6. Chicken of the woods

Chicken of the woods
Chicken of the woods | image by pete beard via Flickr | CC BY 2.0

Scientific name: Laetiporus sulphureus

You’ll find chicken of the woods, also known as the sulfur shelf, growing on wound sites or at the base of dead or dying hardwood trees, particularly oak, cherry, or beech. It may also cause brown cubical rot in infected trees, as it acts as a weak parasite. 

They tend to grow in groups, and you can spot them by the thick, overlapping brackets that range in color from bright orange to sulfur yellow. It has been described as having a mild chicken-like flavor and a consistency similar to chicken meat.

7. Dyer’s polypore

Dyer’s polypore
Dyer’s polypore | image by Under the same moon… via Flickr | CC BY 2.0

Scientific name: Phaeolus schweinitzii

The name “Dyer’s polypore” refers to a species with yellowish-brown flesh that darkens to reddish-brown with age and can be used as a dye for yarn in a range of colors. Because of its ability to attack and cause butt rot on conifers, such as Douglas-fir, spruce, fir, hemlock, pine, and larch, it’s a fungal plant pathogen that’s well-known among many foresters. 

8. Beefsteak fungus

Beefsteak fungus
Beefsteak fungus | image by Björn S… via Flickr | CC BY-SA 2.0

Scientific name: Fistulina hepatica

Beefsteak fungus, which is widespread and fairly common throughout Britain and Ireland, can also be found in some areas of North America. The species earned its name due to its striking resemblance to raw meat, as it begins with a captivating pinkish-red hue and gradually transitions into a rich reddish-brown shade as it reaches maturity. Although some people consider them edible, it’s still important to soak them overnight because their juice has the potential to cause gastric upset.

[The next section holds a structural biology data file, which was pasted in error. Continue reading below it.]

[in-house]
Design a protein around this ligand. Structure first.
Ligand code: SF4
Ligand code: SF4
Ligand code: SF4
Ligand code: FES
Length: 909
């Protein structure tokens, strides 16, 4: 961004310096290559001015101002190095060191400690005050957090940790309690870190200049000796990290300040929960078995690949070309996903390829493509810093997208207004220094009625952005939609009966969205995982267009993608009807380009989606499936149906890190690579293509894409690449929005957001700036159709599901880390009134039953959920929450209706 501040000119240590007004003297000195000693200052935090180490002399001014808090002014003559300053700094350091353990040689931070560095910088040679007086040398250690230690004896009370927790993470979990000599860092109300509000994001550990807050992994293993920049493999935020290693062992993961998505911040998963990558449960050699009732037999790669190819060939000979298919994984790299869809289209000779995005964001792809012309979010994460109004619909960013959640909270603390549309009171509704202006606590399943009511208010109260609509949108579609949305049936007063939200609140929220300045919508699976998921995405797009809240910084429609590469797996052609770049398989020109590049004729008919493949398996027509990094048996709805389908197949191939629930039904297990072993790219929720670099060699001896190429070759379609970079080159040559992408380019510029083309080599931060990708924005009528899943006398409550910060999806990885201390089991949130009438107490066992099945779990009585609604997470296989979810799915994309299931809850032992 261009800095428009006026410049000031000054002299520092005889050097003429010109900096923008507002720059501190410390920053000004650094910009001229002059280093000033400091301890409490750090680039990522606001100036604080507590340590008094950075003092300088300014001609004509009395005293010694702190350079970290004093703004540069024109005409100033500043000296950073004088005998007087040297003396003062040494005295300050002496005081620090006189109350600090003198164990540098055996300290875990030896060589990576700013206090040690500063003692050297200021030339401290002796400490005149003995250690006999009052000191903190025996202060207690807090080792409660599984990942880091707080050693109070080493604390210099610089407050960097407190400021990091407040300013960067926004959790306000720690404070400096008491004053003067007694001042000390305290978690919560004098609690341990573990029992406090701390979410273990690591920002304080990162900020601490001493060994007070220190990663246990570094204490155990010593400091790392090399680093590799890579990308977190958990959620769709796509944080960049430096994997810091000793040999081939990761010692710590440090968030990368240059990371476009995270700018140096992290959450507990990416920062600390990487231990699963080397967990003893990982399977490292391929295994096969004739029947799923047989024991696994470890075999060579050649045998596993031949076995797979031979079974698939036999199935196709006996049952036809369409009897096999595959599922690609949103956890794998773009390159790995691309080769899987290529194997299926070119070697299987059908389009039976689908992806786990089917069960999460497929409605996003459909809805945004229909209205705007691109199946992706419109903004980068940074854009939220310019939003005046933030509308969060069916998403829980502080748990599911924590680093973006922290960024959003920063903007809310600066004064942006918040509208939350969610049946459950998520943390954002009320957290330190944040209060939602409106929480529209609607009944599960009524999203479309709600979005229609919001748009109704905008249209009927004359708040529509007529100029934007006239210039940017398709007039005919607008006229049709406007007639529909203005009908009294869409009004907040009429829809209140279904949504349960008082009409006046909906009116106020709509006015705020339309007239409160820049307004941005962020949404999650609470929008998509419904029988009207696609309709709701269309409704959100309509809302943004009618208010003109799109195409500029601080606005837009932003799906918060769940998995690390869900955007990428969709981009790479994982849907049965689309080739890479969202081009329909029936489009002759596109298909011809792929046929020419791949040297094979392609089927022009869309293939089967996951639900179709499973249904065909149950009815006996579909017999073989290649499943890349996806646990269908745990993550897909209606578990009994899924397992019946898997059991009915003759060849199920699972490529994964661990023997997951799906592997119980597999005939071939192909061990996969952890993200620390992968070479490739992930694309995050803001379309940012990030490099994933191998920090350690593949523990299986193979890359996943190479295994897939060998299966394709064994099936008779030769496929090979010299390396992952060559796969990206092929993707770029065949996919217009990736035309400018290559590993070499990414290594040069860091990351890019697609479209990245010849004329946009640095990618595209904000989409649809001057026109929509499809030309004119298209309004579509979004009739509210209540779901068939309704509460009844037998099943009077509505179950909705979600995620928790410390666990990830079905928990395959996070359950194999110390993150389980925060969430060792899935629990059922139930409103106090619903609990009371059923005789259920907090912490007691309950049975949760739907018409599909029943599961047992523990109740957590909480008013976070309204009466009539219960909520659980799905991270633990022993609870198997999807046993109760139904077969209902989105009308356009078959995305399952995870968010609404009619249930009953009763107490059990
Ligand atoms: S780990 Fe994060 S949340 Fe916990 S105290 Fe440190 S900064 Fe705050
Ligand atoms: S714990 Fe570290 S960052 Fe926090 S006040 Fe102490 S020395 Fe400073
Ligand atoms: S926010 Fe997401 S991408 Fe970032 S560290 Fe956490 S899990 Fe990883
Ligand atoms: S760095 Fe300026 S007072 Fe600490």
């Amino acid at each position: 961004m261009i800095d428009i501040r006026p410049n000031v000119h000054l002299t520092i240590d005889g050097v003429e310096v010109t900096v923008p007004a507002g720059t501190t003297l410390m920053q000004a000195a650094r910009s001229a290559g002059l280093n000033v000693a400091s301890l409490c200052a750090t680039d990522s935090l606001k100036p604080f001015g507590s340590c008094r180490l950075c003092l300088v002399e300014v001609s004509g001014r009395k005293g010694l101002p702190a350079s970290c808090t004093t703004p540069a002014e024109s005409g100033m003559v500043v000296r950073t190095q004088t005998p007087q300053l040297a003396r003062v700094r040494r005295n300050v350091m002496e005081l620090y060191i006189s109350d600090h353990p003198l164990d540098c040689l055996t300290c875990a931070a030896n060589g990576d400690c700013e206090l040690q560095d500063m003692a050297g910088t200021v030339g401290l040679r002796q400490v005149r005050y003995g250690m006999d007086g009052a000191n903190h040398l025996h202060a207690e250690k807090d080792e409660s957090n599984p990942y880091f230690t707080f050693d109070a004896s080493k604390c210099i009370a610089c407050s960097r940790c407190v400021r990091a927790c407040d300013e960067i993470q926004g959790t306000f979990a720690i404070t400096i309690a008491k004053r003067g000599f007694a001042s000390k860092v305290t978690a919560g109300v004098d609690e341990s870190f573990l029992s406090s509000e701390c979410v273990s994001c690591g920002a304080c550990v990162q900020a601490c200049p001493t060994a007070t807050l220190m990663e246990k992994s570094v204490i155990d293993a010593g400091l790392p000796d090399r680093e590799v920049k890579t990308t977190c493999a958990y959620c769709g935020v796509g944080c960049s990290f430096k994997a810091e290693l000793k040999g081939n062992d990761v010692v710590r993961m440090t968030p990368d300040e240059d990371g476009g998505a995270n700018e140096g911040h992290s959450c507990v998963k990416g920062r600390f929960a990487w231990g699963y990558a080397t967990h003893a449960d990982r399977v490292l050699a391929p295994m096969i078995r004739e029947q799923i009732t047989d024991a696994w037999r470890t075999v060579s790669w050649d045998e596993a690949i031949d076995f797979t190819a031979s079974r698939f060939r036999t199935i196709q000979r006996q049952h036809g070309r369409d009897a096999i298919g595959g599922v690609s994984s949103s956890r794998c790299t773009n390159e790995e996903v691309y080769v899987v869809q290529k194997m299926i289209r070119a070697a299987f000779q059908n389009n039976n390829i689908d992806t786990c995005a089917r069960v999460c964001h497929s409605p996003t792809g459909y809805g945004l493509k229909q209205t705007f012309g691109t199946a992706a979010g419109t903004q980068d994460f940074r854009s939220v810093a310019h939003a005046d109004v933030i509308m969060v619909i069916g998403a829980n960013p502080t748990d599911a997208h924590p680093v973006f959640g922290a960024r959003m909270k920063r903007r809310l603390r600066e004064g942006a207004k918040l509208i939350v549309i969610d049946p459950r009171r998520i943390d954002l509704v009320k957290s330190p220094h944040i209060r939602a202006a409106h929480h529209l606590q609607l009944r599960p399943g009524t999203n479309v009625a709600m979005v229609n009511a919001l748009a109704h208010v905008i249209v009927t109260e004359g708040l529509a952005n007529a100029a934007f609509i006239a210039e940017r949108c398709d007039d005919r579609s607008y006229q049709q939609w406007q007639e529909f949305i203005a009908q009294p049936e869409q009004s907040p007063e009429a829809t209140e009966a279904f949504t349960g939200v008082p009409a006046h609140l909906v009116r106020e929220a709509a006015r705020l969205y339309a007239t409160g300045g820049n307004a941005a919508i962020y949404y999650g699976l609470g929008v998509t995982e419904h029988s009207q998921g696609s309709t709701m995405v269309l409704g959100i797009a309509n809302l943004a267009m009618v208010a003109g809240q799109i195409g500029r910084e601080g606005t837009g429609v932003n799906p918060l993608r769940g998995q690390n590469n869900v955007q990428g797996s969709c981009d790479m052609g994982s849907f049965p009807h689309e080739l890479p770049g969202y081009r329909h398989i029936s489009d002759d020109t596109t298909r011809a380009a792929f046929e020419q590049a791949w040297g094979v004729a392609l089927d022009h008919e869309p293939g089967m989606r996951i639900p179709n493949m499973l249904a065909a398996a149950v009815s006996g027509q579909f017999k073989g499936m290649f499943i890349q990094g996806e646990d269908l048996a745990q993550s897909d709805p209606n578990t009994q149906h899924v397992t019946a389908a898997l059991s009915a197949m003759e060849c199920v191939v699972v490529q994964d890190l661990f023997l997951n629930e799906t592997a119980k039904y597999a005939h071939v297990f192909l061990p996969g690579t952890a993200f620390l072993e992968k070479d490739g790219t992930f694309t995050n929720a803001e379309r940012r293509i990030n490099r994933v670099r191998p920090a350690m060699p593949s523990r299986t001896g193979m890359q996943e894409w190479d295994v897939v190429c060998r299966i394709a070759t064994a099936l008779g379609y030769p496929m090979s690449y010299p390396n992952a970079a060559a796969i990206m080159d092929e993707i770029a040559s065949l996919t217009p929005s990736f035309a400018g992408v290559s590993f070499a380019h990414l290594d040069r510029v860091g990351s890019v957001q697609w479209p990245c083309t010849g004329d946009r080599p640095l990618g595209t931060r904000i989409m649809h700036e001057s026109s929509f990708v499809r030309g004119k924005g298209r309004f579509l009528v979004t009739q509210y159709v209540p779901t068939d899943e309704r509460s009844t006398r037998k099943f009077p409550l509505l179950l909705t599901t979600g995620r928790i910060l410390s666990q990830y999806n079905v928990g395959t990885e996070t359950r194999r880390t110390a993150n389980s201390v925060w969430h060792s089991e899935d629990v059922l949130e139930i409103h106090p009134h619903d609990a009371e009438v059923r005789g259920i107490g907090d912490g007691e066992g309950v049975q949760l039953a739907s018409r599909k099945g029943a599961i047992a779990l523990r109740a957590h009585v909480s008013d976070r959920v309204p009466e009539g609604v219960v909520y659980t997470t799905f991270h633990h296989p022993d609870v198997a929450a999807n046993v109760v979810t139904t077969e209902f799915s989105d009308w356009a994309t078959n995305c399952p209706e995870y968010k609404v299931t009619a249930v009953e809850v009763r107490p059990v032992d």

9. Crown coral mushroom 

Crown coral mushroom
Crown coral mushroom | image by Björn S… via Flickr | CC BY-SA 2.0

Scientific name: Artomyces pyxidatus

The crown coral mushroom is another edible species of fungus that grows on trees. It got its name from its resemblance to corals with crown-shaped tips, and you’ll likely observe them thriving in places with oaks and mossy decaying logs, as they inhabit dead and dying wood.

People often confuse Ramaria with crown corals, but the key distinction between the two lies in where they grow. Ramarias exclusively emerge from the ground, whereas crown corals only grow on trees. 

10. Hen of the woods

Hen of the woods mushroom
Hen of the woods mushroom | image by Eric Huybrechts via Flickr | CC BY-ND 2.0

Scientific name: Grifola frondosa

You’ll find hen of the woods mushrooms in northern temperate forests, specifically on dead or dying trees or stumps, typically located around their base. They form clusters and can be identified by their brown frilly brackets, which resemble the brown feathers of hens, hence the name. People seek out hen of the woods mushrooms because they have a delicious flavor that’s both nutty and has a meaty texture. 

11. Velvet shank 

velvet shank
Velvet Shank | image by Bernard Spragg. NZ via Flickr

Scientific name: Flammulina velutipes

If you come across a cluster of orange mushrooms growing in the decaying wood of deciduous trees, you have likely stumbled upon velvet shanks. These have what most people think of as a classic mushroom shape, with a stem and cap that is smooth on the top and gilled on the bottom. The stems are tough and are often discarded, while the tops are used in soups and other dishes. 

You may also like:  10 Mushrooms in Hawaii (Edible & Toxic)

12. Turkey tail

Turkey tail mushroom
Turkey tail mushroom | image by stanze via Flickr | CC BY-SA 2.0

Scientific name: Trametes versicolor

The turkey tail mushroom, which you can find year-round on both living trees and fallen logs or tree stumps, is highly prevalent in the woods of North America. They are banded and can have multiple colors, most commonly gray or brown, and their flesh is white and edible.

However, not everyone may find them edible due to their tough and leathery texture. People also consume turkey tails as a tea said to benefit energy and vitality. The striped coloration of the scales resembles the striping found on the tail feathers of wild turkeys.